Charlotte never went back to med school, though I imagined she would have liked to. Being mother of seven children had supplanted any career goals, but she was clearly restless. When I was in high school, our long, dark waits were enlivened by discussion of whatever books I was reading, whatever books she was reading, whatever cultural event we had managed to take in. We looked at collections of Impressionists and Expressionists, listened to classical music, and we argued about what was better, what was strong, what stank. From her I learned to dissect literature and analyze characters; from her I stole a profound love for words and music. I never got her facility with science and math, and she never really understood what drove me, but we both looked forward to those discourses. We were two lonely women encaved in our New York State tundra (we lived in a small town in the Adirondacks by then), finding commonalities through the arts.
Our ties deepened over the years as we battled new storms. Some required what seemed at the time like simple adjustments. My oldest brother was diagnosed with diabetes; another brother had multiple learning disorders. But others caused major upheavals. Dad fell from a third story roof while installing storm windows one Thanksgiving, and he was unable to work for months; Mom went out on the truck for him, and I held down the fort at home. Two years after Dad recovered, an unlicensed, drunk driver rammed into Mom’s car, and she was hospitalized just inches short of death’s door, remaining in bed and incapacitated for the better part of the next three years.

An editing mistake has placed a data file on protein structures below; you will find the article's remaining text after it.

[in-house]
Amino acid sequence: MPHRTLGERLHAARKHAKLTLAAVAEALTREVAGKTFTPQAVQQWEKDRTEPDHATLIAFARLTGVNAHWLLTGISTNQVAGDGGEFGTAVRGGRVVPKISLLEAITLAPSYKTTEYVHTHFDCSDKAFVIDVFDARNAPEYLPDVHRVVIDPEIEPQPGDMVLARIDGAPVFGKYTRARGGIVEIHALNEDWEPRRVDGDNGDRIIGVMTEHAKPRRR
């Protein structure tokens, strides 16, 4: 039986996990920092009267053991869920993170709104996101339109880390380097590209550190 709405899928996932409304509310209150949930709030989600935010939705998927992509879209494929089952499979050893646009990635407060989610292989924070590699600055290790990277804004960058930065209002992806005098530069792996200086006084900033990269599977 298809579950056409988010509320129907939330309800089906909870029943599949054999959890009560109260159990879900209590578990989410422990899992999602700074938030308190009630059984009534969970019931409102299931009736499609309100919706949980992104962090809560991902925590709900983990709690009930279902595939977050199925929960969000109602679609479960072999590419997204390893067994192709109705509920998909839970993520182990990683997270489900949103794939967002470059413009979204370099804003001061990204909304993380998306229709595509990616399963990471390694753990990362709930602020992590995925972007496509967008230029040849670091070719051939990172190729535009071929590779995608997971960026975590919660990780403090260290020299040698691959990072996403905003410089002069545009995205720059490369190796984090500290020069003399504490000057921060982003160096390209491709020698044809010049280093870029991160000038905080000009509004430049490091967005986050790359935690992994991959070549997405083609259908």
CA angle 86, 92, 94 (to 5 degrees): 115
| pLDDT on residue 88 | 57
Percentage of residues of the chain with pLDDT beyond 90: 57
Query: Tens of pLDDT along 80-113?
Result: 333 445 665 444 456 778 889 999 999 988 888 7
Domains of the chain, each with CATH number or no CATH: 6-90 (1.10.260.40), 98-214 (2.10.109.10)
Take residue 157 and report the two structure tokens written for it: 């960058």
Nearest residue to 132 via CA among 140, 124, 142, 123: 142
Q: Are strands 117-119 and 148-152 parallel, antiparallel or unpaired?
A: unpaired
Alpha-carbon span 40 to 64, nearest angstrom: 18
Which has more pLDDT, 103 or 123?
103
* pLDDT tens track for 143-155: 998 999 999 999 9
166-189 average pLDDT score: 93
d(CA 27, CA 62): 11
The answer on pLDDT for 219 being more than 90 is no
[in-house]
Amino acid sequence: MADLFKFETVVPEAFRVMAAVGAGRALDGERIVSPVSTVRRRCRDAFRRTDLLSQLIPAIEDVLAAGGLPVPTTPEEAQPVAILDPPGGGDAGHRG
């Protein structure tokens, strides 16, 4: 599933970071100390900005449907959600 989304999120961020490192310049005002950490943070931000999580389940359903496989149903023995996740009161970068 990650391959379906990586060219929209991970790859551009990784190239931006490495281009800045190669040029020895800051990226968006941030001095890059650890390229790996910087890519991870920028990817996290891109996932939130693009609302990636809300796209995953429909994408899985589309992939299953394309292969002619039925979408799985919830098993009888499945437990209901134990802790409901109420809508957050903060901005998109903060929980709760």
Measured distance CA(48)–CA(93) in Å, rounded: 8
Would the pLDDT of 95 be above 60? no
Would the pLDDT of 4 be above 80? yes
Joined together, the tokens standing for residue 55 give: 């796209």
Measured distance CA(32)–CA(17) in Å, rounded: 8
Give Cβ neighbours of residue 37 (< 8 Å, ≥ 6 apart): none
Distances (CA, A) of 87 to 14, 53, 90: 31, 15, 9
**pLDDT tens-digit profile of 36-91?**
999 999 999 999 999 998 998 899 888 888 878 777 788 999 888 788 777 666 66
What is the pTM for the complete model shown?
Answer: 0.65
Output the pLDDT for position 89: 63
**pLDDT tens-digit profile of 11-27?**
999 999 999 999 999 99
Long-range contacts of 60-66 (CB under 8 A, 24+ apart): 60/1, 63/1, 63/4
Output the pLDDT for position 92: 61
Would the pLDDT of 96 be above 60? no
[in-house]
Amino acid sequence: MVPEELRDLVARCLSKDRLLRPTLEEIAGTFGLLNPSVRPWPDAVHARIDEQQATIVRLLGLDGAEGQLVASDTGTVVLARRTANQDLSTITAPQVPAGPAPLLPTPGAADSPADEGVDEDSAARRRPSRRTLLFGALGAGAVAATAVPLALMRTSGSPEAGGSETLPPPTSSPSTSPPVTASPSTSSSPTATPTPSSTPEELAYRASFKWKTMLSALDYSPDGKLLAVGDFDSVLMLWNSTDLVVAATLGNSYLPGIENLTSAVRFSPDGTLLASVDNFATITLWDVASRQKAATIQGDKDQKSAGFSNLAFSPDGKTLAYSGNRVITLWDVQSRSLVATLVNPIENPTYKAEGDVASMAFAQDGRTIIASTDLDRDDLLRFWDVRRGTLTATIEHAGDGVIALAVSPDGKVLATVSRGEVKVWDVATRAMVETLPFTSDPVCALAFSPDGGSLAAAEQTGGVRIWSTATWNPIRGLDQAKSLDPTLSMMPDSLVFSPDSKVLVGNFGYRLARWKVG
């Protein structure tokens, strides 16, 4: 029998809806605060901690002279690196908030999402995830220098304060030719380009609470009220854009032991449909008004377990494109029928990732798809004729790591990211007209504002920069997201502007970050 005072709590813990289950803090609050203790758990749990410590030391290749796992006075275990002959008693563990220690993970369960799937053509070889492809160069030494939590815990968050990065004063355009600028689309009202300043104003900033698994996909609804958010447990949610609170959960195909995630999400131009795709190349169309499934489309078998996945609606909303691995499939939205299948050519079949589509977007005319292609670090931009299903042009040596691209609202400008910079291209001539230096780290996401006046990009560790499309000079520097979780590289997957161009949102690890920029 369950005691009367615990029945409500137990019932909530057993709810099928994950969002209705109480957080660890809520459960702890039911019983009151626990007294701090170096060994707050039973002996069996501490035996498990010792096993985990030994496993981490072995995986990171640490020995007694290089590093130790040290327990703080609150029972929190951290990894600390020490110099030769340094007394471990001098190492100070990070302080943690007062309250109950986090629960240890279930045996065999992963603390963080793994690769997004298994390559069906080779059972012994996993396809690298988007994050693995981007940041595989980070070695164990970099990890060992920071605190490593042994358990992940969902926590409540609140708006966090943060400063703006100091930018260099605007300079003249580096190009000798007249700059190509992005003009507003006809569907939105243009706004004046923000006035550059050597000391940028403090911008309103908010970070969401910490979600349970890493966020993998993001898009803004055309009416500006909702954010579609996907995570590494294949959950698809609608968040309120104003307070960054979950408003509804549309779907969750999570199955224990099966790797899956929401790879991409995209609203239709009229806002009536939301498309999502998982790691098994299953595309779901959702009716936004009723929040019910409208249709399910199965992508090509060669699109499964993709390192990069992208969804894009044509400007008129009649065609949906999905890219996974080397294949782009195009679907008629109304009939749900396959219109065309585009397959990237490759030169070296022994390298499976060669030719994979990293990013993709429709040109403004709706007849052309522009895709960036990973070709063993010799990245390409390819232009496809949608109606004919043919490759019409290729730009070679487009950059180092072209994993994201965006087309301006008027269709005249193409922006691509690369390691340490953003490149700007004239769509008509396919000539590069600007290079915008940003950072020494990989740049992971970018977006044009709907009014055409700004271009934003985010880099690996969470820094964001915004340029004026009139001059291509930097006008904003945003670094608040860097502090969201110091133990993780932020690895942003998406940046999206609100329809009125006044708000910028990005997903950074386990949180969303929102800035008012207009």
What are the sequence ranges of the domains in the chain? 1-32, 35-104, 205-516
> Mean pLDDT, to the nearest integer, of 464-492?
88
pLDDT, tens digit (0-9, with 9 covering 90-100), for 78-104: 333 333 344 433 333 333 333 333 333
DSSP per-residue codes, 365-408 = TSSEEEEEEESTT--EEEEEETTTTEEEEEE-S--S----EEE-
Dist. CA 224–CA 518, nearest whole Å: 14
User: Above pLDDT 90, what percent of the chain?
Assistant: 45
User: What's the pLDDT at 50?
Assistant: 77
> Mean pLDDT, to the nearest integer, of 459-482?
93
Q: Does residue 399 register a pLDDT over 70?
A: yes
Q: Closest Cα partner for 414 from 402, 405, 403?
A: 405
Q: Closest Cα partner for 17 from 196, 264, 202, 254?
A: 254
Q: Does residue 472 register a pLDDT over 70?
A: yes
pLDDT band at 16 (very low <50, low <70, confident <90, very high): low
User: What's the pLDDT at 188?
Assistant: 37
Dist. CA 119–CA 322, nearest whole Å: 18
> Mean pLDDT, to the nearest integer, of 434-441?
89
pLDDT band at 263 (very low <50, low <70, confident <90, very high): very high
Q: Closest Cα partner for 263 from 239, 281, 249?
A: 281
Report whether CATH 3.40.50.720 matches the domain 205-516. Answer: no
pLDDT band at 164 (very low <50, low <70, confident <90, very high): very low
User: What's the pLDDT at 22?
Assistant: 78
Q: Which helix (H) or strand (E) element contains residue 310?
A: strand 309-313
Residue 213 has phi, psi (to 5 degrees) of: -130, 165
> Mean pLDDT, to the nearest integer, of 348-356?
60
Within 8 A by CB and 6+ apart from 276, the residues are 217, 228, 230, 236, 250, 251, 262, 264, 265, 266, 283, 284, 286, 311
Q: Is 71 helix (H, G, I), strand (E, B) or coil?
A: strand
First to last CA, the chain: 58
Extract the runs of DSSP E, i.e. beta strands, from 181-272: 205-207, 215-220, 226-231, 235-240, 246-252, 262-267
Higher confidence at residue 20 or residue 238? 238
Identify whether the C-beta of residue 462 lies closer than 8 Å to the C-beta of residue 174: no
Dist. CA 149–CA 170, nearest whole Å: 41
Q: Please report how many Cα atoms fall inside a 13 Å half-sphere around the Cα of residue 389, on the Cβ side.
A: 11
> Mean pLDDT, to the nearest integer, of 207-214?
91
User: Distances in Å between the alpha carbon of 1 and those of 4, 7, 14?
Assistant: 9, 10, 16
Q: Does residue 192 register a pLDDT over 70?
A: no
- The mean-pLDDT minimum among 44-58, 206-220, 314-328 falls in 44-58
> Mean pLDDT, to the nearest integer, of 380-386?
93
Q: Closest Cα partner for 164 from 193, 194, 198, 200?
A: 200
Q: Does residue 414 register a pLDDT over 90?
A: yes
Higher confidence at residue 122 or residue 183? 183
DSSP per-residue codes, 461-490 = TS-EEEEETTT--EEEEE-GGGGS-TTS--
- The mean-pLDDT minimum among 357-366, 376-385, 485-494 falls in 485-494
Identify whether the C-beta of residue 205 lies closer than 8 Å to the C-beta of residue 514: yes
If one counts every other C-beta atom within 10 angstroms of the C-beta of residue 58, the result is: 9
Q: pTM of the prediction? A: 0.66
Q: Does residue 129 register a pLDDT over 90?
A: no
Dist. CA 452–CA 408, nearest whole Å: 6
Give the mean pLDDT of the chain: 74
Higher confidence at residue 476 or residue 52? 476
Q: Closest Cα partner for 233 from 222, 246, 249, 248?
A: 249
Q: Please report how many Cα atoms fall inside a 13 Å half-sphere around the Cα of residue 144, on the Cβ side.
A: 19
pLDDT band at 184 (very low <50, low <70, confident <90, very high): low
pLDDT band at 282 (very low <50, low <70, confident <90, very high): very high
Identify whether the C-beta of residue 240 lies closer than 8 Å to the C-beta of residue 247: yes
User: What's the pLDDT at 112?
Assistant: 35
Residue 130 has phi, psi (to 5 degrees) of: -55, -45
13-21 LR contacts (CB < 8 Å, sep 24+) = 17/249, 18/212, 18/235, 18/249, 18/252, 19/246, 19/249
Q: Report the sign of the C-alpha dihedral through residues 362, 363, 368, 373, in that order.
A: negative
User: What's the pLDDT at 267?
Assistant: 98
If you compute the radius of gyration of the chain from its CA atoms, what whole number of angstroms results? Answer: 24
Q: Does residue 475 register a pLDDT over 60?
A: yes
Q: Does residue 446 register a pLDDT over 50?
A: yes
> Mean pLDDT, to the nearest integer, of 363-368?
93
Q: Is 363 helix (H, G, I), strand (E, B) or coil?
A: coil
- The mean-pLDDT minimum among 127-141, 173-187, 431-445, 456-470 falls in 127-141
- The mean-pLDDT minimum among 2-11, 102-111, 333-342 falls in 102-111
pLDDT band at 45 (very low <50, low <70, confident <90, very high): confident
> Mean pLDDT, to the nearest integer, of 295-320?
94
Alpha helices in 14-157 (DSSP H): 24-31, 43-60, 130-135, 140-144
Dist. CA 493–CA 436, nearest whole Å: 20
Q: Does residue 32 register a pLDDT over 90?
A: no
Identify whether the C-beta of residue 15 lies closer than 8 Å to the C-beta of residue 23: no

Mama had to rely on me in ways no mother wants to be dependent on a child, and she never resented me or ridiculed my mistakes as she had when I was less responsible for her; it was a time of great bonding. I began to find a way of being released from some of the omnipresent family duties, and she began to realize she wanted more from her life.